For what it’s worth: McGee has also dominated the Red Sox, who have a .125 average, .190 on-base percentage and .192 slugging against him in 117 regular-season plate appearances. 

McGee throws a mid-90s fastball with a low-80s slider. He can operate up in the zone, and he actually has been even more effective against righties than lefties in his career, including in 2017. McGee’s been a closer, too, with 44 career saves.

The Sox had the second-best bullpen in the majors by ERA in 2017, at 3.07. Yet, come the postseason, there wasn’t a sense of great confidence or even a clear shape to the pecking order behind one of the absolute best relievers in the game, Kimbrel. 

HOFer Joe Morgan's letter urges voters to keep steroid users out of Hall

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HOFer Joe Morgan's letter urges voters to keep steroid users out of Hall

Hall of Fame second baseman Joe Morgan is urging voters to keep “known steroid users” out of Cooperstown.

A day after the Hall revealed its 33-man ballot for the 2018 class, the 74-year-old Morgan argued against the inclusion of players implicated during baseball’s steroid era in a letter to voters with the Baseball Writers’ Association of America. The letter from the vice chairman of the Hall’s board of directors was sent Tuesday using a Hall email address.

Read the full text of Morgan's letter here. 

“Steroid users don’t belong here,” Morgan wrote. “What they did shouldn’t be accepted. Times shouldn’t change for the worse.”

Hall voters have been wrestling with the issue of performance-enhancing drugs for several years. Baseball held a survey drug test in 2003 and the sport began testing for banned steroids the following year with penalties. Accusations connected to some of the candidates for the Hall vary in strength from allegations with no evidence to positive tests that caused suspensions.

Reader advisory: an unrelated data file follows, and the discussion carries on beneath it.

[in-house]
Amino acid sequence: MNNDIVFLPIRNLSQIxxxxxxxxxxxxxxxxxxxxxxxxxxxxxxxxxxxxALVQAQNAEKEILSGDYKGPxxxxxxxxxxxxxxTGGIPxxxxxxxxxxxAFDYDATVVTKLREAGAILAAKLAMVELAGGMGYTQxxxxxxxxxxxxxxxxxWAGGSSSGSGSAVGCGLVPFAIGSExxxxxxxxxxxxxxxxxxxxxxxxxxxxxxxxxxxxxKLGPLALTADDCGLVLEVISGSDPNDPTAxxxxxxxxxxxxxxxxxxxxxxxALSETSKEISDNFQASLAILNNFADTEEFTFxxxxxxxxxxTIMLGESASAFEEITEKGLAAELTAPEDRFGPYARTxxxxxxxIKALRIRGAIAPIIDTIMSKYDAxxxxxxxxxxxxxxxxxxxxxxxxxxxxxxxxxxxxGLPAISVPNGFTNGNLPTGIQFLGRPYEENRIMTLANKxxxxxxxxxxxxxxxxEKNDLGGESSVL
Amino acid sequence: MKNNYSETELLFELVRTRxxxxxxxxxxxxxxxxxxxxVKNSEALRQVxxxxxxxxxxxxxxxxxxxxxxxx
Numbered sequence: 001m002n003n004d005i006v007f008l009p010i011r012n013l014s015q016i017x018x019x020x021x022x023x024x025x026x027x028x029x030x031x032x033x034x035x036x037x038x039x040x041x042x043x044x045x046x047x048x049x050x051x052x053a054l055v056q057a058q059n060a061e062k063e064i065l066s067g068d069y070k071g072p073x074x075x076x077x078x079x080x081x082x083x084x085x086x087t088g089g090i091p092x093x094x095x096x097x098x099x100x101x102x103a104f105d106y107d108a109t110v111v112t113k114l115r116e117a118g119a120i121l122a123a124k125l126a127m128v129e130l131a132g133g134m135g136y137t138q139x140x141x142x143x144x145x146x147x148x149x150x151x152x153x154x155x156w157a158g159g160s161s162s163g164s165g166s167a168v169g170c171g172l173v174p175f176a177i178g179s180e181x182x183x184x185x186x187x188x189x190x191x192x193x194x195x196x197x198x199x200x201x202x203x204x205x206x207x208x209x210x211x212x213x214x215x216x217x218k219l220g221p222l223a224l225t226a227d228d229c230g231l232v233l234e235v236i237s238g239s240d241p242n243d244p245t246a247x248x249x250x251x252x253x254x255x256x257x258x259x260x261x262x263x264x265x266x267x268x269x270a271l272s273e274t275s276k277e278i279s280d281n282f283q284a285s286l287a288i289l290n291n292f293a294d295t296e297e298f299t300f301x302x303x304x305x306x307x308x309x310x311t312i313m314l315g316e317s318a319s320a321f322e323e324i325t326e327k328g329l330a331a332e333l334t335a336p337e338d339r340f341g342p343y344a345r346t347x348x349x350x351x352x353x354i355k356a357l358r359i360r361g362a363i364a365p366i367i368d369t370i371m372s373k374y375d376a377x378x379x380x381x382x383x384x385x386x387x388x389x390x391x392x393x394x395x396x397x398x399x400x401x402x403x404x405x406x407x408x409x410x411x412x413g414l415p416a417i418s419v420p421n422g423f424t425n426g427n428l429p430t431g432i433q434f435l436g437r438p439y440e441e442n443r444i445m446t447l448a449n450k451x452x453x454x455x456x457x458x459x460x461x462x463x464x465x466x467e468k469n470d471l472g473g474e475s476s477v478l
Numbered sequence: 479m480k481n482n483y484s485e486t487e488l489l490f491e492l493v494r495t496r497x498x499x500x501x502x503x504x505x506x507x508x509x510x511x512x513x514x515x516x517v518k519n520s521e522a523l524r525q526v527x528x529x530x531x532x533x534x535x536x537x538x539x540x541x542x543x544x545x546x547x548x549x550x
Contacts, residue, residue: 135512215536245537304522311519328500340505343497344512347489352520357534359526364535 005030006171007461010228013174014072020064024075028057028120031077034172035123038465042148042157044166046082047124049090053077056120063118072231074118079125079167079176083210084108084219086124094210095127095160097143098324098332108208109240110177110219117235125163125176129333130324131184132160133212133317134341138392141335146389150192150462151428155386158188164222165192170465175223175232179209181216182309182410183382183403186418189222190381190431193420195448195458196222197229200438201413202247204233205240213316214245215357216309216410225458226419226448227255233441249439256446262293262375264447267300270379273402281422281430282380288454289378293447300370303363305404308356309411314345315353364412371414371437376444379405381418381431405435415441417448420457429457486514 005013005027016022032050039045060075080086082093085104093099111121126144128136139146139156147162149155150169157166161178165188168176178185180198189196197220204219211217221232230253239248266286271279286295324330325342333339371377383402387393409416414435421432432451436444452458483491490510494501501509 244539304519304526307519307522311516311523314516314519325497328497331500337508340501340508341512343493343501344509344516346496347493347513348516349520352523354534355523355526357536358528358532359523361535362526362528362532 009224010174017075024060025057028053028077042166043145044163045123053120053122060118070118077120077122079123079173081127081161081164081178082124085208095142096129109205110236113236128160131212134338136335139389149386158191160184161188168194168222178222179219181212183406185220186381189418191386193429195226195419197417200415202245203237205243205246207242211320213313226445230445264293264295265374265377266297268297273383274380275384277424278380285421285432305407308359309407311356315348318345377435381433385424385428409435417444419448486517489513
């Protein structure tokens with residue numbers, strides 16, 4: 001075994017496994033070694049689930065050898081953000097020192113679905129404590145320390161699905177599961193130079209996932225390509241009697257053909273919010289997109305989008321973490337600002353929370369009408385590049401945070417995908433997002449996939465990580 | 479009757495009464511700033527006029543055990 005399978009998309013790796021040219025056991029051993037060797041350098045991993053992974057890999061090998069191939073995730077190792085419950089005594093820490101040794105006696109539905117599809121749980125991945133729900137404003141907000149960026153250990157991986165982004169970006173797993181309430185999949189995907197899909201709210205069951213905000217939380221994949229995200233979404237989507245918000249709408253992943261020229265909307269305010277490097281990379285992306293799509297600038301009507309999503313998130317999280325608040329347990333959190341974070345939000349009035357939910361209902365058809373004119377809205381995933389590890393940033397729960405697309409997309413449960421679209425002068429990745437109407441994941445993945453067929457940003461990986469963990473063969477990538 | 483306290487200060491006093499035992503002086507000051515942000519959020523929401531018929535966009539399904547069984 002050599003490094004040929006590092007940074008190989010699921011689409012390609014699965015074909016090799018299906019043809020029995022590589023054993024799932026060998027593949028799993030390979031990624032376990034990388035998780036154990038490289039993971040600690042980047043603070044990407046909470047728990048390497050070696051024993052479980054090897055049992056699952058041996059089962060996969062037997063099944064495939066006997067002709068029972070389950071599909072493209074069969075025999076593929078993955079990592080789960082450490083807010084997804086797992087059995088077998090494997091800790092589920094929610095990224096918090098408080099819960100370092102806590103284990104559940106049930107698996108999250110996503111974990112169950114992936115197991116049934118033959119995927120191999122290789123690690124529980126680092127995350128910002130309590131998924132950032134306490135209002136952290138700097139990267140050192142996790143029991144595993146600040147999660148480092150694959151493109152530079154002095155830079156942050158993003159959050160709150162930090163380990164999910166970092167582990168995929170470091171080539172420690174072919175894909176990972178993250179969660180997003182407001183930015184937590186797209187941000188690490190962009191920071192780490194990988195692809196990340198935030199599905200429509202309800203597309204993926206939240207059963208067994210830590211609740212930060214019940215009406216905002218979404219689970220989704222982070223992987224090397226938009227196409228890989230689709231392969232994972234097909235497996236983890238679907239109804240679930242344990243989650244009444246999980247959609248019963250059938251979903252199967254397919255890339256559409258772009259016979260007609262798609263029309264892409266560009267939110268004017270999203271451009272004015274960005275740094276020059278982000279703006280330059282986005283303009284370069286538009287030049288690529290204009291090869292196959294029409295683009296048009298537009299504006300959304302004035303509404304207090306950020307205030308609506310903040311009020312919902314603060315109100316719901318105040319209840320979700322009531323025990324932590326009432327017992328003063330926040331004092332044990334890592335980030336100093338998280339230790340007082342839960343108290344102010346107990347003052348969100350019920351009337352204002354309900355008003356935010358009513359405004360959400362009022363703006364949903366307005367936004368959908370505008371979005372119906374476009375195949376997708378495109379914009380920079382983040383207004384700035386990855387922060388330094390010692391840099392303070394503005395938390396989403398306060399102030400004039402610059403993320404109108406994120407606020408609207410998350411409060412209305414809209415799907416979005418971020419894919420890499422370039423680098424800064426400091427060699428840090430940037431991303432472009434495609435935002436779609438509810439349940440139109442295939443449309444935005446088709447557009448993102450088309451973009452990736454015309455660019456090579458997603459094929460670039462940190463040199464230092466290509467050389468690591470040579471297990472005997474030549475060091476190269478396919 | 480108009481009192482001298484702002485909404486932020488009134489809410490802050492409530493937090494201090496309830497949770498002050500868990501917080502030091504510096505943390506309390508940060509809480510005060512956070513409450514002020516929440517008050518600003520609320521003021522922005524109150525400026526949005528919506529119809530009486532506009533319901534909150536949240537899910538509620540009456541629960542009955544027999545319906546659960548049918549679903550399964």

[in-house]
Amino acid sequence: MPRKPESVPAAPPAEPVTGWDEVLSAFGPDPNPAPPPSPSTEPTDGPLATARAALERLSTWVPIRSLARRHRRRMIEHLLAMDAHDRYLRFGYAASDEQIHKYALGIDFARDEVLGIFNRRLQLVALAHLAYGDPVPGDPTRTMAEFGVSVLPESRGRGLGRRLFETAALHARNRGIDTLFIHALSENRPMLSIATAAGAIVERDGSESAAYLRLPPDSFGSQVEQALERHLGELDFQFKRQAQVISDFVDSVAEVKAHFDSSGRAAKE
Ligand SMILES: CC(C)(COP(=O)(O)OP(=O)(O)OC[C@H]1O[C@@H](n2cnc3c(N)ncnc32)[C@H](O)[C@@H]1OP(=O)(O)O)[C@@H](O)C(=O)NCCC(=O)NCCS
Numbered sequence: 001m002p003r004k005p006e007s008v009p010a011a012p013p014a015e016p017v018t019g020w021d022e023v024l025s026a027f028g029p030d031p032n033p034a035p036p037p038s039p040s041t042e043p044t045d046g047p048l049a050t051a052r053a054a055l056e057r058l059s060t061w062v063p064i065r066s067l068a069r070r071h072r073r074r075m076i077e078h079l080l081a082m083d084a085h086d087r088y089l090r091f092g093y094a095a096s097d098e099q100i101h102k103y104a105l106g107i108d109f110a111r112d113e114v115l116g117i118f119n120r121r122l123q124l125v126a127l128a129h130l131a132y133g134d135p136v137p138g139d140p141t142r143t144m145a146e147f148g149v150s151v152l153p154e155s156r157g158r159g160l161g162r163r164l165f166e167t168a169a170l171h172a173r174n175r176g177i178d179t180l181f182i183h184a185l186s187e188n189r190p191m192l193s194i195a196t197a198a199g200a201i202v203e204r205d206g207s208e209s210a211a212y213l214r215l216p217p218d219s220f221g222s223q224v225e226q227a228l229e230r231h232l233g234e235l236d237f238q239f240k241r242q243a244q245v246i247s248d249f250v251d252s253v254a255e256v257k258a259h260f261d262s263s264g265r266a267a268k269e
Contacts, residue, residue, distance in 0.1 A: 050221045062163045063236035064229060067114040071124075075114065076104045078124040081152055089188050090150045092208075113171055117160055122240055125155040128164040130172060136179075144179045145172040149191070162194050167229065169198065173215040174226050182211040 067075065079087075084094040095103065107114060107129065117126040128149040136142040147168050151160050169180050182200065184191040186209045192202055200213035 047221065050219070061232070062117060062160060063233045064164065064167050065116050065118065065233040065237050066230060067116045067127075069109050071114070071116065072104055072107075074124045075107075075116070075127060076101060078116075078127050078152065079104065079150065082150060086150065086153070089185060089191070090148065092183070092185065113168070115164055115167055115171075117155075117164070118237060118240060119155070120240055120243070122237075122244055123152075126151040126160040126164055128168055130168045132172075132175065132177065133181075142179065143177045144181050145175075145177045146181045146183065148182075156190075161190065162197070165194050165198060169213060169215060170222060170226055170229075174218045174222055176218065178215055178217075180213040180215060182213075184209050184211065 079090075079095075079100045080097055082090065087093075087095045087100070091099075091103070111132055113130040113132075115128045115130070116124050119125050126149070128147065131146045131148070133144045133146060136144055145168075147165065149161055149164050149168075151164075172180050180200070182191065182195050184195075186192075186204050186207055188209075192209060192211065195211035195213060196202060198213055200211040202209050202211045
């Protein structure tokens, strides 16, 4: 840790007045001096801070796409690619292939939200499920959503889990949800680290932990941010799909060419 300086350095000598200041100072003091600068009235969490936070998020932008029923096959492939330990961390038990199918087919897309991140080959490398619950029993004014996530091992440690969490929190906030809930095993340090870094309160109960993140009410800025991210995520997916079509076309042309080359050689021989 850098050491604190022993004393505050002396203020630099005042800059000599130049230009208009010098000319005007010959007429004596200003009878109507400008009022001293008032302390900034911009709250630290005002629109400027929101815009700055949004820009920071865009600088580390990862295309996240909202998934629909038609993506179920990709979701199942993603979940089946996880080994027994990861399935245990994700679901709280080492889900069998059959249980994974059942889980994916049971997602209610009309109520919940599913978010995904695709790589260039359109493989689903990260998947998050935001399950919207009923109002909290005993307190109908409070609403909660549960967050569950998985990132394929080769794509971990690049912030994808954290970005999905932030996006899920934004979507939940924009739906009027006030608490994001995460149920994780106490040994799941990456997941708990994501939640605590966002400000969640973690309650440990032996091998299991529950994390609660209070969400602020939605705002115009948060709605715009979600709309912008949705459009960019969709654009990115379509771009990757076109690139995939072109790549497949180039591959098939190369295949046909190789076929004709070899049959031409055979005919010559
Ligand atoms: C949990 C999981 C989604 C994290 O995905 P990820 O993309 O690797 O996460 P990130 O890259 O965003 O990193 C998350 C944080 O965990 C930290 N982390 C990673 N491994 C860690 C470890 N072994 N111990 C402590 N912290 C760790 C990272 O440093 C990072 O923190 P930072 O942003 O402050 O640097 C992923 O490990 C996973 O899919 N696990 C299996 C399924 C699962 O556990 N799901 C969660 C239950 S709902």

About 430 ballots are being sent to voters, who must have been members of the BBWAA for 10 consecutive years, and a player needs at least 75 percent for election. Ballots are due by Dec. 31 and results will be announced Jan. 24.

Writers who had not been covering the game for more than a decade were eliminated from the rolls in 2015, creating a younger electorate that has shown more willingness to vote for players tainted by accusations of steroid use. Barry Bonds and Roger Clemens each received a majority of votes for the first time in 2017 in their fifth year on the ballot.

Morgan said he isn’t speaking for every Hall of Famer, but many of them feel the same way that he does.

“Players who failed drug tests, admitted using steroids, or were identified as users in Major League Baseball’s investigation into steroid abuse, known as the Mitchell Report, should not get in,” Morgan wrote. “Those are the three criteria that many of the players and I think are right.”

Jeff Bagwell, Tim Raines and Ivan Rodriguez were inducted into the Hall of Fame in July. They were joined by former Commissioner Bud Selig and retired Kansas City and Atlanta executive John Schuerholz, who were voted in by a veterans committee.

Some baseball writers said the election of Selig, who presided over the steroids era, influenced their view of whether tainted stars should gain entry to the Hall.

Morgan praised BBWAA voters and acknowledged they are facing a “tricky issue,” but he also warned some Hall of Famers might not make the trip to Cooperstown if steroid users are elected.

“The cheating that tainted an era now risks tainting the Hall of Fame too,” he wrote. “The Hall of Fame means too much to us to ever see that happen. If steroid users get in, it will divide and diminish the Hall, something we couldn’t bear.”

© 2017 by The Associated Press